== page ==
All of the above.
How to Break The Destructive Cycle of Fixing Your Team’s Crappy Work:
Make sure your team knows what is expected of them, down to every detail.
This means putting your phone down and showing them what amazing looks like, how to do it, exactly what you want to come across your desk by end of day next Tuesday. (But you already knew that part, and that’s what’s so frustrating, is that you were super explicit with Wolfgang and you SHOWED him how the TPS was supposed to look. It’s okay. Chill out for a second. Remember that you’ve been an enabler and take responsibility.)
Kick back anything less than what you’ve expected.
Your report doesn’t look right? Never suffer in silence. Kick it back. The graphics aren’t what you asked for? Kick it back. The appendix is all messed up? Kick it back. Be direct and kind about why you’re kicking stuff back, but no matter what, kick it back. This isn’t personal—you’re merely following through on the expectations you very clearly set forth at the beginning of this little shit show.
Sometimes the kickback is a simple email: “Thanks for sending this—it’s a good start. I was expecting the full analysis including the Q1 results, like we reviewed. Please add in and send back to me by end of day. Let me know if you have any questions.” Sometimes the kickback has to be a conversation, especially when it’s about a more major flub: “So Wolfgang, I’m concerned about this report, since it doesn’t look at all like what we discussed last week. Tell me your thoughts on it?” There is power in the open-ended question.
Be prepared to do something about it if you continue to get crappy work from your team.
Great news! You’ve officially taken responsibility for enabling your team to deliver shoddy work product to you (because fixing it = enabling crappy workmanship, JUST TO BE CLEAR). But once you’ve started kicking the garbage back, firmly and fairly, there is an expectation that people will begin delivering on (and even exceeding) your expectations. Most people will do this, and it’s a thing of beauty.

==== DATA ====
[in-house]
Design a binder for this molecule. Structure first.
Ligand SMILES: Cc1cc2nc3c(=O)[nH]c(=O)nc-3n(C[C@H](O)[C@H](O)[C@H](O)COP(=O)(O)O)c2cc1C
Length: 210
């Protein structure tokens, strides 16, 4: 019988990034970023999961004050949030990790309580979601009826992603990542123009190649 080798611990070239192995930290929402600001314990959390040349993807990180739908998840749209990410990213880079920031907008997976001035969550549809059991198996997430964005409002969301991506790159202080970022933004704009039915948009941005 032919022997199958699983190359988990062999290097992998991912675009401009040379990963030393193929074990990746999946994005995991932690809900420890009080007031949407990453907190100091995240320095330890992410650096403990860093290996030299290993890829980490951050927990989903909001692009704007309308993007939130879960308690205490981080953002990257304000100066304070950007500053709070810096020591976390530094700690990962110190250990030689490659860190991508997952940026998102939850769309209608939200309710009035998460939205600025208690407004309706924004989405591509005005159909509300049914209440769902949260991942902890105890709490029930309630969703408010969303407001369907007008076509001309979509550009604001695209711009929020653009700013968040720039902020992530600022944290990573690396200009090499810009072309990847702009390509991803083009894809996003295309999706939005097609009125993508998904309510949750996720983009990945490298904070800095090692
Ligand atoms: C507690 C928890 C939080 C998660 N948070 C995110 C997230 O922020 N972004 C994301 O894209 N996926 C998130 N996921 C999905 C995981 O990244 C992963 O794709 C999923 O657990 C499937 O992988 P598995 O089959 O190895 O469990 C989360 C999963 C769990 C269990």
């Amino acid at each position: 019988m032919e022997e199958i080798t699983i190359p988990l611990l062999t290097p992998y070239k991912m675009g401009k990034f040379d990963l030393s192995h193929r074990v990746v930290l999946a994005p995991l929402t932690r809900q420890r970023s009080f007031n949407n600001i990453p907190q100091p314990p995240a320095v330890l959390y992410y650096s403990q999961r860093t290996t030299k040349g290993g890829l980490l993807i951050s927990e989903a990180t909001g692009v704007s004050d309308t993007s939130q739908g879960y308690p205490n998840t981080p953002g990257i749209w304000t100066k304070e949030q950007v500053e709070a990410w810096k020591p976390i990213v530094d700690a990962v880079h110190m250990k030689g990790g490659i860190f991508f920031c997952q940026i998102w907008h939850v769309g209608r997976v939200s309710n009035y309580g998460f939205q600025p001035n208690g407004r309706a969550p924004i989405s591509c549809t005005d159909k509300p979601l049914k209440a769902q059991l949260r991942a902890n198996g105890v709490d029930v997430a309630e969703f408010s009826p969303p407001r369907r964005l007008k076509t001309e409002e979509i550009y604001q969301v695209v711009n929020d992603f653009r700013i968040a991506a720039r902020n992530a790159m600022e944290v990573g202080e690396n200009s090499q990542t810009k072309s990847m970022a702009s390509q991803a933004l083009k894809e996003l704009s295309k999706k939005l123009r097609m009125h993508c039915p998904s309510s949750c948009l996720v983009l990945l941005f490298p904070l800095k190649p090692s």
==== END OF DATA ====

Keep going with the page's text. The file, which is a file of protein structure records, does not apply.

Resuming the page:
But if Wolfgang continues to send you the TPS report riddled with errors, despite being clear on the expectations and being asked to repeatedly fix his mistakes, a different kind of conversation is in order. That’s a performance management conversation for another article, but (spoiler alert)” it goes something like this: “Wolfgang, I think we need to have a more serious conversation. We’ve spoken several times about the expectations of this report, and there are consistent issues with what you’re producing. What’s that about?” to “What support do you need to complete this accurately each week?” and “I’m sure you can understand that this is an important part of the work we do here, that this report matters. If your attention to detail doesn’t improve starting with this next report, we’re going to have to have a conversation about whether this role is the right fit for you. I want you to succeed, and I believe you can, and right now the ball is in your court. Does that make sense?” and of course, ”We might need to take you out back behind the woodshed, Wolfgang.”
Delegating can be magical if you’re prepared to follow through beyond the initial steps of asking for help, being clear about what that help looks like, providing support, and checking in along the way. Being fair and firm when you need to kick back substandard work is the only way to do great work as a team, raise the bar with what you’re all working on, and not be the one staying until 9:30 p.m. doing it all yourself. Practice the art of the kickback, again and again and again, until Wolfgang either gets it or gets out.